Old San Juan

We went to Old San Juan, because we had to get out of here, and it was so much more fabulous than we expected.

The rental unit we leased in Rincón is regularly an AirBNB, and as we were deciding to rent it for the 6 months it was available, it got booked for 10 days. So, after being here for 3 weeks or so, we had to GTFO for a spell. Where to go, where to go?

We (I) am still leery of the south coast, considering the earthquake situation. There have not been any large ones in a month or so, but 33 of the 60 earthquakes in the last 24 hours have been off the southern coast of Puerto Rico. See?


Even though the quakes have been too small to feel – seismic activity like that is not something I’m willing to play chicken with. Someday, we’ll visit Ponce, but not while it’s still rumbling. We decided to go north, north-west.

Our PR Travel book had much to say about these areas: bioluminescent bays, incredible tropical islands, a national forest with rainforest habitats, incredible scuba-diving, not to mention Old San Juan (OSJ). We’ll save the west coast adventure for another post and roll around with OSJ here.

Old San Juan

This historic little town inside an overflowing, modern, metropolis felt like another world. Literally, another continent in another time, and I loved it. B and I kept saying to each other, “I can’t believe this is in America”, and it is – sort of. In my experience, Americans usually destroy old things in favor of new and modern things. We ‘Mericans are not used to treasuring old buildings and towns. I don’t know what has preserved OSJ. I’m sure builders and developers would love to build skyscrapers on this stunning island/peninsula – but whoever fought to maintain and retain this place, I bow to you. There is no better way to explain how unique and special it is than to show you, BUT FIRST, just look at how delightfully small it is.

The blocks are packed with color and life and the streets are paved with wood-fired bricks. You can walk from one side to the other in 20 minutes. This little area, the true OSJ – I want to call it a citadel, was once completely surrounded by an epic rock wall. If you wanted to enter, you had to come through The (Bloody?) Gate. To pull up to the gate with your ship, you had to pass a solid wall of Cannons and Watchmen in every Tower. Good luck with that.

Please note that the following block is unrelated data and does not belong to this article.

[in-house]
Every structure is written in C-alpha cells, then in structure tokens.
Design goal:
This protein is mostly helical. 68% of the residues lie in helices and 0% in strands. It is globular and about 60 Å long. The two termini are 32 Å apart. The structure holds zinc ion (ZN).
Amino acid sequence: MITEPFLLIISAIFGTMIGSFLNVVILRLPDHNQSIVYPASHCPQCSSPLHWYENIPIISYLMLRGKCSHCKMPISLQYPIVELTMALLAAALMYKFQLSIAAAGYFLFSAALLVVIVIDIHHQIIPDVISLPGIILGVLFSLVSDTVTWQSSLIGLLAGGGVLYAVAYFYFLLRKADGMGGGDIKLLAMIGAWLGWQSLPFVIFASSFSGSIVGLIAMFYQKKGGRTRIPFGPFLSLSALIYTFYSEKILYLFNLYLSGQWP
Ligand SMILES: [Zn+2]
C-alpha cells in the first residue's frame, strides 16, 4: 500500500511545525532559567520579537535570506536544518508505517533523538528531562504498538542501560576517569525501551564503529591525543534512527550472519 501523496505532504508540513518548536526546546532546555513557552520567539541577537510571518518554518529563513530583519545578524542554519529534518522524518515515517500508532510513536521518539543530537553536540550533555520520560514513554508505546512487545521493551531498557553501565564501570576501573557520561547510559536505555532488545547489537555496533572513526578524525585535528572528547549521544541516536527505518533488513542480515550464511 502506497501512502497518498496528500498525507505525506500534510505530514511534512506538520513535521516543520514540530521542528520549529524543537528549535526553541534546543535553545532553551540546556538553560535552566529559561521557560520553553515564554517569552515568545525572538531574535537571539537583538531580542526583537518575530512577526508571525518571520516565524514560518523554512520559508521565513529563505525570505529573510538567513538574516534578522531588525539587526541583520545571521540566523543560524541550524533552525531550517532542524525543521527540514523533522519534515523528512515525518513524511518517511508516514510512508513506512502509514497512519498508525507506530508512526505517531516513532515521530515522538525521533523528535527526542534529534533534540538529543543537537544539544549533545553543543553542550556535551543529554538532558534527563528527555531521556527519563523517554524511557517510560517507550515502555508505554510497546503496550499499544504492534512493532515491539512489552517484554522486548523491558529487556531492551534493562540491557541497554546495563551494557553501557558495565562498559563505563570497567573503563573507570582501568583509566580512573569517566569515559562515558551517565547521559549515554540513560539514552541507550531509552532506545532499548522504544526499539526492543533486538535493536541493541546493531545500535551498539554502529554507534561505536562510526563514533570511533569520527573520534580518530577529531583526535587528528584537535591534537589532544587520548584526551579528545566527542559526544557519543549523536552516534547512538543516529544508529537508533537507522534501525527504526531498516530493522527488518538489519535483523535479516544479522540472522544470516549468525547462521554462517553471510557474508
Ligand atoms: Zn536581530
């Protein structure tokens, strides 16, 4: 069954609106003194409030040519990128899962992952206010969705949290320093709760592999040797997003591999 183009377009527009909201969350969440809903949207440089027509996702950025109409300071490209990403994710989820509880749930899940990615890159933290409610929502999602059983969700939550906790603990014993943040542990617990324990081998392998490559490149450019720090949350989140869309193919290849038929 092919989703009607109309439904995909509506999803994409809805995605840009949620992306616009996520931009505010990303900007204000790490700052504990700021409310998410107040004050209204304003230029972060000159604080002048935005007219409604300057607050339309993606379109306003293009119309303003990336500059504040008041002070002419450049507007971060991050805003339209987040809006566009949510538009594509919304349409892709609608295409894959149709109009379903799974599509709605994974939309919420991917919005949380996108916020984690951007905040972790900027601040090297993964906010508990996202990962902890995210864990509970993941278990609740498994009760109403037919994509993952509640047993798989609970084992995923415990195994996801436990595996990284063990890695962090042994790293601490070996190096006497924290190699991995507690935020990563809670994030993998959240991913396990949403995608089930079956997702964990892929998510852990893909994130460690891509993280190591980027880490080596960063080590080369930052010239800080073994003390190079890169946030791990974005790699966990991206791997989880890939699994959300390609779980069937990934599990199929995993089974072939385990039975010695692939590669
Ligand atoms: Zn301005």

I imagine this citadel was almost impenetrable. Almost. Much of the original wall still surrounds OSJ, and seeing it (and wondering how in the hell it was built in the 15-1600’s with just men and no machines) is a marvel. My imagination is too feeble to even speculate as to how it was done.

Once you get over being mesmerized by this feat of humanity, take a walk through the city. And then, just keep walking.

We were only there for 24 hours, but I could have spent a week walking those few blocks, and never been bored. There were plenty of places to eat, pray and love, like this stunning Cathedral, El Catedral Metropolitana Basílica de San Juan Bautista built in 1511. It is the oldest cathedral in the Americas, and home to the Tomb of Ponce de Leon.

From 1511 until today in 2020, can you imagine how much prayer, hope, grief, suffering, pleas and gratitude has been offered up within these walls? Especially considering the history of the city, the two nearly impenetrable fortresses, the attempted take-overs, battles, and the solitude of life as a soldier. Wowza! And, yes, we went to El Morro (Castillo San Felipe del Morro), and yes, I was in shocked awe, but we’ll save that story for another day. As a tease, I’ll leave this photo, taken from a lookout at El Morro:

Looking out over the wild Atlantic Ocean, past the 20 foot deep wall surrounding the city, into San Juan.

Back to the nitty-gritty: OSJ is expensive – like, new America prices. The parking garages are $20 for 24 hours; the room we found (at a discount) was $120/night after all the fees. The food was $18 for a 12-inch pizza (what?), $12 for fish tacos, $10 for chicken strips and fries (not a bad deal), you get the picture. We could have gone broke there. The Castillo del Moro, which was incredible and worth every penny, was $10/adult. All in all, not excessive prices for anything in particular, but it sure adds up.

It’s a good thing we only had one day to stay! However, since it’s only a 3 hour car ride from Rincon, if anyone ever comes to visit us, maybe we’ll go back! 😉

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